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Edie at home in her kitchen.

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The View from Mary's Farm

The View from Mary's Farm for July 2004

June 23, 2004

The Magic Brew

When it was hot out, my aunt used to say to me, “Shall we make up a pitcher of iced tea?” And into her kitchen we would go and start to make the tea that she claimed once saved a young boy’s life. For the next hour, her big Colonial kitchen filled with the scent of citrus as we worked side by side, cutting up lemons and oranges, and then squeezing them in the Juicerator, a strong-arm hand juicer from the 1930s, whose design, in our opinion, had yet to be improved upon. The rinds went into the twin-handled kettle, along with a good sum of tea and lots and lots of sugar. Then came a round of steeping and brewing and straining. This is the kind of cooking that always took place in my aunt’s kitchen – slow and full of interesting ingredients. At last, the tea was ready. The resulting brew was the glorious coppery color of new honey, shot through with the pulp from the oranges and lemons. With a slotted spoon, we strained out the rinds, poured the punch into a pitcher and put it into the refrigerator to chill. A few hours later, we filled glasses with ice cubes and carried it all on a tray out to the lawn where we would sit and sip this elixir, waiting for the sun to set and the heat to subside.
The tea was our constant companion. It went with us on picnics. It was with us on boats, on hikes and in the car. It was served at breakfast, lunch and dinner and in between. We always hoped that there would be some leftover but there rarely was. More than just a drink, it was a kind of manna, that gave us life.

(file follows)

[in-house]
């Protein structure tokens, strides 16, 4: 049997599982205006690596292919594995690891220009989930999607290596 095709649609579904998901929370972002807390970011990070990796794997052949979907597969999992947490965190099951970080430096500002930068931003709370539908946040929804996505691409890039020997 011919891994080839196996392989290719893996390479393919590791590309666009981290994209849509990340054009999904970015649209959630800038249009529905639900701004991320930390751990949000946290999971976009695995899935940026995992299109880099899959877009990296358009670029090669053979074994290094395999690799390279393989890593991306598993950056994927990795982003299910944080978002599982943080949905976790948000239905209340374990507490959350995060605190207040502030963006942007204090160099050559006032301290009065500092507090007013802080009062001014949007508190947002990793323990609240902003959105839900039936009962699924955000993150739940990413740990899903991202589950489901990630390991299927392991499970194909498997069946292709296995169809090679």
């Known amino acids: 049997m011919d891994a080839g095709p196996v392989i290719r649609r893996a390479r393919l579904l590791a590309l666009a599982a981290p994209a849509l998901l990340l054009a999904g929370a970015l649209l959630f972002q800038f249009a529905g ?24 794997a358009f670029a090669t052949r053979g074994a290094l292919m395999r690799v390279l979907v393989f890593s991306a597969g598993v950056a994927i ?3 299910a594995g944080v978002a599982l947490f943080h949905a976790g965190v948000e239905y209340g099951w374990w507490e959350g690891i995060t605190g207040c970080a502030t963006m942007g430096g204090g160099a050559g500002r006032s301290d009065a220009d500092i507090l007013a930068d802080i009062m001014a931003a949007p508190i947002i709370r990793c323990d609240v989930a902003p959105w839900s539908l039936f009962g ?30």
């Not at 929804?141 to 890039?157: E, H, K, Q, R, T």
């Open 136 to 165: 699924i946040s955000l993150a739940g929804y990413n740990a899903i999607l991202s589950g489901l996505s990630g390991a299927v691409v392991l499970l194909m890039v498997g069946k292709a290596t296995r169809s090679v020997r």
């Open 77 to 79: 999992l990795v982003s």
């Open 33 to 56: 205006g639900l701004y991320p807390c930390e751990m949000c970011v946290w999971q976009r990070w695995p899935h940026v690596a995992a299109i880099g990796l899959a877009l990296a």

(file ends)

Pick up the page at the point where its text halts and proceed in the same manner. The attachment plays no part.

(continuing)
My aunt’s story of how her iced tea saved a life goes something like this: a young man in the neighborhood used to come every week to mow their lawn. When he stopped for a break, Aunt Peg would bring him a glass of her iced tea, which, like all the rest of us, he had learned to crave. One summer, the boy became ill and was taken to the hospital where he fell into a coma. When at last he began to show signs of life, he was asked if he wanted anything. Barely conscious, he croaked out: “Mrs. Odell’s iced tea.” My aunt was called and she quickly concocted a big batch of her famous tea, which she carried in to his hospital room. Gradually, one sip at a time, one day at a time, he revived and eventually recovered completely. Of course, whether or not the tea saved his life is probably not worth debating but that is how the story went and we all believed it, without blinking. We knew that tea. It was a magic brew that could make a cadaver rise up and dance.
And so it is, when the sun sends us onto the screened porch for relief, I get out the kettle and start brewing. The smell of tea and oranges and lemons will always take me back to those summers in my aunt’s kitchen in the 1960s. Over the years, I’ve shared the recipe with many friends. Here it is for you, too.